2. Infrastructure management and maintenance, security maintenance, taking care of scalability – all that was previously done by the Sitecore clients now is fully managed by Sitecore
  3. A bottleneck of Sitecore developers. Lack of availability of Sitecore developers may encounter a staffing bottleneck when building and maintaining Sitecore-based applications, including the complexity of the platform, limited documentation, dependence on the Sitecore support team, and limited resources. On the opposite, developing “head” requires generic frontend skills that are much easier to come by.
  4. Platform architectural bottleneck. In addition to the above, scaling up your (typical bottleneck) CD servers in a non-headless environment comes at a cost compared to XM Cloud which does not have CDs but only serves content via highly available APIs endpoints.

That results in a drastically improved development process, velocity, and reliability. Now, once we recap the evolution of both internet in general and Sitecore in particular, let’s get back to:

Headless with Sitecore

It is clear that Sitecore prioritizes a headless approach over all the other types of development for the reasons described above. In my opinion, this transition should ideally have taken place 1-2 years earlier, but I do realize XP product has grown so much in features, that it would not be easy to migrate its entire functionality to headless.

The transition to headless development brought us lots of new terminology and concepts which I will explain below. As we already know, headless itself is decoupling the frontend (“head”) and backend: By separating the GUI from the underlying logic and data, it becomes easier to develop and maintain the different parts of the website or application independently. This can be especially useful when different teams are responsible for different parts of the project, with Sitecore developers doing back-end stuff providing data and layout to a front-end team, who is responsible for the development of pages and components that will run on the Rendering Host..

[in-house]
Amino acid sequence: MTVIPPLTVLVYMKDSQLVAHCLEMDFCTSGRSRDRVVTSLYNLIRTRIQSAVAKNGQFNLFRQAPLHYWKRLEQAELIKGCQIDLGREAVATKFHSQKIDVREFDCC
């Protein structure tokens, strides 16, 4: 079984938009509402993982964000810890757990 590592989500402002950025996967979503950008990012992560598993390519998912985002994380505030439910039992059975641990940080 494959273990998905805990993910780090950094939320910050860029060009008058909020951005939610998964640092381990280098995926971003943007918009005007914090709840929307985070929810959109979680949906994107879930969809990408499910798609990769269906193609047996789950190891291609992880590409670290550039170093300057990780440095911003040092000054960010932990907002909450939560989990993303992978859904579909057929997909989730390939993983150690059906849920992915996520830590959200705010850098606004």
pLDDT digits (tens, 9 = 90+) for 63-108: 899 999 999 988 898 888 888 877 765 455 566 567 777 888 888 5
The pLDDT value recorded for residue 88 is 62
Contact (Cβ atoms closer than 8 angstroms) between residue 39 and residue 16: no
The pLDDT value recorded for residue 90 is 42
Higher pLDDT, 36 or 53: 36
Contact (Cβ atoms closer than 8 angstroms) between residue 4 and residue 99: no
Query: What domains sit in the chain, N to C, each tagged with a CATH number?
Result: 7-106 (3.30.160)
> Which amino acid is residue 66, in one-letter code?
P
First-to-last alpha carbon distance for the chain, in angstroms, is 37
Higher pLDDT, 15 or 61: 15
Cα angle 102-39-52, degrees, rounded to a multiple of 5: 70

A Rendering Host is a separate website mostly often created with Next.js and Node (however could be also a device or system) that is responsible for displaying the content of a website or web application built with Sitecore. This can be particularly useful when building a frontend application that needs to display content from multiple sources, or when using a framework or technology that is not supported by the CD server.

The rendering host retrieves the content from the Sitecore database by API and displays it to the user. The rendering host also plays a key role in the performance and user experience of the website or application and can be scaled independently, which significantly improves the bandwidth bottleneck of a classical Sitecore implementation we historically had with MVC running at CD server.

From CD to Edge

In a traditional, monolithic implementation of Sitecore, the Content Delivery (CD) server is responsible for both rendering and delivering the content of the website to users. In a headless implementation, the frontend application is decoupled from the backend CMS, and the CD server is not responsible for rendering the page content which now becomes a business of the Rendering Host. CD instead mostly serves the data in json format from Sitecore to Rendering Host using API requests. So, if the CD server becomes less important, could we then entirely remove it from the architecture?